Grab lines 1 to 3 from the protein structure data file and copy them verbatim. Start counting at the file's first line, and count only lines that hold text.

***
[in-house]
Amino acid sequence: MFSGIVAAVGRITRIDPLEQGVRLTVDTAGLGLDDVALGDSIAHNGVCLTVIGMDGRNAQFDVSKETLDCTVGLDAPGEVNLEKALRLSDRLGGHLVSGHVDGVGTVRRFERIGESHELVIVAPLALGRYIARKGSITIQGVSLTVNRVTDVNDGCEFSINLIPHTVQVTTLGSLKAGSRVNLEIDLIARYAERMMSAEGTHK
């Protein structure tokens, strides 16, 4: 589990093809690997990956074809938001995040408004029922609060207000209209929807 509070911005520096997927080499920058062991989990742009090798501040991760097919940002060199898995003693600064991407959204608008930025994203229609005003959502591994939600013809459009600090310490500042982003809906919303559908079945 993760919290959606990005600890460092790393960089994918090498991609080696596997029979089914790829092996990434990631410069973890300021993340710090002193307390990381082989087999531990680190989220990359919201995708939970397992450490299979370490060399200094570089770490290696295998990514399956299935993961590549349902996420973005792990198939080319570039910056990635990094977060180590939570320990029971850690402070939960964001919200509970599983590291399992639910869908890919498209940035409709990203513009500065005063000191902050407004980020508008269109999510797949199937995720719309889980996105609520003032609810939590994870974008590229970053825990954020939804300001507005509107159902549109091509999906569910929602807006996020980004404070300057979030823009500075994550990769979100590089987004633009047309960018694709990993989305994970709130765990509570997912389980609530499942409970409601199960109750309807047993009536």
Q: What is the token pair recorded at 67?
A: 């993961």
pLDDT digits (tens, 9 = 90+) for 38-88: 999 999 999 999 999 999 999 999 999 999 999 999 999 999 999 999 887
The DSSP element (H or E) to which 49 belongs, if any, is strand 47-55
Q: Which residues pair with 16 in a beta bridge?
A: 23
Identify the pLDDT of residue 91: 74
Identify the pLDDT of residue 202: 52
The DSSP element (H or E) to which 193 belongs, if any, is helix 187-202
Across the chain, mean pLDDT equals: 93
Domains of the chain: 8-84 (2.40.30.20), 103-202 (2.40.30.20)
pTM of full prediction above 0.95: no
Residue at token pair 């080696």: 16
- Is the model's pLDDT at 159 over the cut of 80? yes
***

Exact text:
[in-house]
Amino acid sequence: MFSGIVAAVGRITRIDPLEQGVRLTVDTAGLGLDDVALGDSIAHNGVCLTVIGMDGRNAQFDVSKETLDCTVGLDAPGEVNLEKALRLSDRLGGHLVSGHVDGVGTVRRFERIGESHELVIVAPLALGRYIARKGSITIQGVSLTVNRVTDVNDGCEFSINLIPHTVQVTTLGSLKAGSRVNLEIDLIARYAERMMSAEGTHK
């Protein structure tokens, strides 16, 4: 589990093809690997990956074809938001995040408004029922609060207000209209929807 509070911005520096997927080499920058062991989990742009090798501040991760097919940002060199898995003693600064991407959204608008930025994203229609005003959502591994939600013809459009600090310490500042982003809906919303559908079945 993760919290959606990005600890460092790393960089994918090498991609080696596997029979089914790829092996990434990631410069973890300021993340710090002193307390990381082989087999531990680190989220990359919201995708939970397992450490299979370490060399200094570089770490290696295998990514399956299935993961590549349902996420973005792990198939080319570039910056990635990094977060180590939570320990029971850690402070939960964001919200509970599983590291399992639910869908890919498209940035409709990203513009500065005063000191902050407004980020508008269109999510797949199937995720719309889980996105609520003032609810939590994870974008590229970053825990954020939804300001507005509107159902549109091509999906569910929602807006996020980004404070300057979030823009500075994550990769979100590089987004633009047309960018694709990993989305994970709130765990509570997912389980609530499942409970409601199960109750309807047993009536």